Colleen Belle Johnson Karmol, 47, a former runway and magazine model who became a Republican Party activist in Fairfax County and an artist, died Jan. 27 at her home in Great Falls. A spokeswoman for the medical examiner's office in Fairfax said a determination of cause of death is pending further tests.

Mrs. Karmol, the daughter of a Navy officer, was born in Dallas and grew up in Vienna. She attended Fairfax Christian School and Congressional Preparatory School in Falls Church but left home at 16 to pursue a modeling career in California. She later attended Santa Monica (Calif.) Community College and Northern Virginia Community College.

In 1973, she married television actor Sheldon Novack, a regular on such shows as "The FBI." She did modeling work for Bill Blass and appeared in catalogues and magazines, including the cover of Playgirl several times. She had walk-on roles in television shows.

After Novack's death in 1978, she resettled in the Washington area and did administrative work for former treasury secretary Robert B. Anderson and was confidential assistant to Robert P. Hunter, a member of the National Labor Relations Board.

In Fairfax County, she was campaign manager for Jane H. Woods (now the Virginia secretary of health and human resources) in her successful 1989 campaign for the state House of Delegates and for Ernest J. Berger in his successful 1991 run for Dranesville District member of the Fairfax County Board of Supervisors.

In 1995, she managed the unsuccessful campaign of her husband, David Karmol, for Fairfax County commonwealth's attorney. David Karmol, whom she married in 1986, is now vice president of the American National Standards Institute.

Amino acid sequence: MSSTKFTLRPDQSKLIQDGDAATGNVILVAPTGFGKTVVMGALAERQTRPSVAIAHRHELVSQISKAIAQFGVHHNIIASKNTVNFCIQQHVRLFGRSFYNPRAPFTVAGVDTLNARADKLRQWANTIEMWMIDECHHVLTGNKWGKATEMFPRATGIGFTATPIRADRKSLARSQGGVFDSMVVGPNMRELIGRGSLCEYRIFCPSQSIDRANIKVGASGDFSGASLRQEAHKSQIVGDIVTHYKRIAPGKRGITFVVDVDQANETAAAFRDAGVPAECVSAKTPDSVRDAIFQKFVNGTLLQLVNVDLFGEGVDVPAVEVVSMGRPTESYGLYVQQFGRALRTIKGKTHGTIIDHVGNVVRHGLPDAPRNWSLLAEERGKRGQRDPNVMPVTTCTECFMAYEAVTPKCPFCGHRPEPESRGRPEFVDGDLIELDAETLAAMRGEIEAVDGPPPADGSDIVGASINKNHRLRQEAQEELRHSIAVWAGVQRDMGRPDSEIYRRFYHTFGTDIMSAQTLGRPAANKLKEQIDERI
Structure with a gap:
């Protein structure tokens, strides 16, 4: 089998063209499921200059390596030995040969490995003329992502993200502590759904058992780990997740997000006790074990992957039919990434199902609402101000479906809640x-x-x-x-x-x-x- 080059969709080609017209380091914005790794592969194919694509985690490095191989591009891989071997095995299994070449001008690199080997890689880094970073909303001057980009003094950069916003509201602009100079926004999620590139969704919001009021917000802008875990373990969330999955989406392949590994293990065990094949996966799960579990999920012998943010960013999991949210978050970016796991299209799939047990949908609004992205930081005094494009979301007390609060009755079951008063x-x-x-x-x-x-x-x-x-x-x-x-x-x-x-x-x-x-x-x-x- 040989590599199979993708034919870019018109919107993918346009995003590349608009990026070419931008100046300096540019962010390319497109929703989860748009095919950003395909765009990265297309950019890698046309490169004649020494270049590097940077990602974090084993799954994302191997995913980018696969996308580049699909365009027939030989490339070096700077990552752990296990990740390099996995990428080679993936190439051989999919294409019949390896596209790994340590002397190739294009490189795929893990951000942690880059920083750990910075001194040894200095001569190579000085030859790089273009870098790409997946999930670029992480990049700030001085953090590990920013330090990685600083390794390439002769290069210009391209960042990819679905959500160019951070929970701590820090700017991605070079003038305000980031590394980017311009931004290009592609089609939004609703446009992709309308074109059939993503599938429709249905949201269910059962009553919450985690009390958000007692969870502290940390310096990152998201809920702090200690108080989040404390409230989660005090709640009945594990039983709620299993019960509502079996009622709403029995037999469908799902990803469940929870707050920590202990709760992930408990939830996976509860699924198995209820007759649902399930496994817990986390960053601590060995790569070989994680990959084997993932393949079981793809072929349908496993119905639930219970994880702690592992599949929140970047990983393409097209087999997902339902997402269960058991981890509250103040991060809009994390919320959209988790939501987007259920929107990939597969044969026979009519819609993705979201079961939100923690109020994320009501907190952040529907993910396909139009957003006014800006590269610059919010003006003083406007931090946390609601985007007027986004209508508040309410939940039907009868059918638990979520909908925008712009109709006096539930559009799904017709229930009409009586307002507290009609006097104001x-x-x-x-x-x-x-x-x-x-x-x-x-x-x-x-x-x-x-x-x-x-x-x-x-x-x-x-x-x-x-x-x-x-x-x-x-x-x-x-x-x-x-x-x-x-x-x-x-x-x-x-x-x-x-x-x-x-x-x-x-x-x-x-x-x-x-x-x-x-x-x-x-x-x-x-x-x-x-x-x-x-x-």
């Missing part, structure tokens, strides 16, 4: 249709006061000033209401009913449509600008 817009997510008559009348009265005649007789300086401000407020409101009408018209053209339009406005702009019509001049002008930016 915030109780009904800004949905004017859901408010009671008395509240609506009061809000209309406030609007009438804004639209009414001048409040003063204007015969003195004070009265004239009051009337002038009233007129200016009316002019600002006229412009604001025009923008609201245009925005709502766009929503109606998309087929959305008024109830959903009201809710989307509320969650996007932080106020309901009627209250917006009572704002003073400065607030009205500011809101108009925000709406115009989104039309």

From 1992 to 1995, she was chief staff assistant for planning and zoning in Berger's district office. From 1992 to 1996, she was Dranesville district chairwoman of the Fairfax County Republican Committee.

Since the late 1990s, she had done decoration and design work for Joan Polk Interiors and Calico Corners and was a sales representative for Hunter Douglas window designs.

As an artist, she created centerpieces and wreaths, including some with feathers and animal horns. She exhibited and sold her works at arts and crafts events and area stores. She was on the board of the Great Falls Art Centre.

At her death, she was president of the Great Falls Republican Women's Club.

She was known for occasionally varying her looks, sometimes appearing with pink or turquoise bangs. She felt it would make her stand out from other Republican activists.

Besides her husband, of Great Falls, survivors include a daughter from her first marriage who was adopted by her current husband, Aslan Cordeau of Great Falls; her parents, retired Navy Rear Adm. John B. Johnson and Marion Johnson of Great Falls; and two sisters, Kerry McElroy of Ashburn and Patricia Johnson of Ventura, Calif.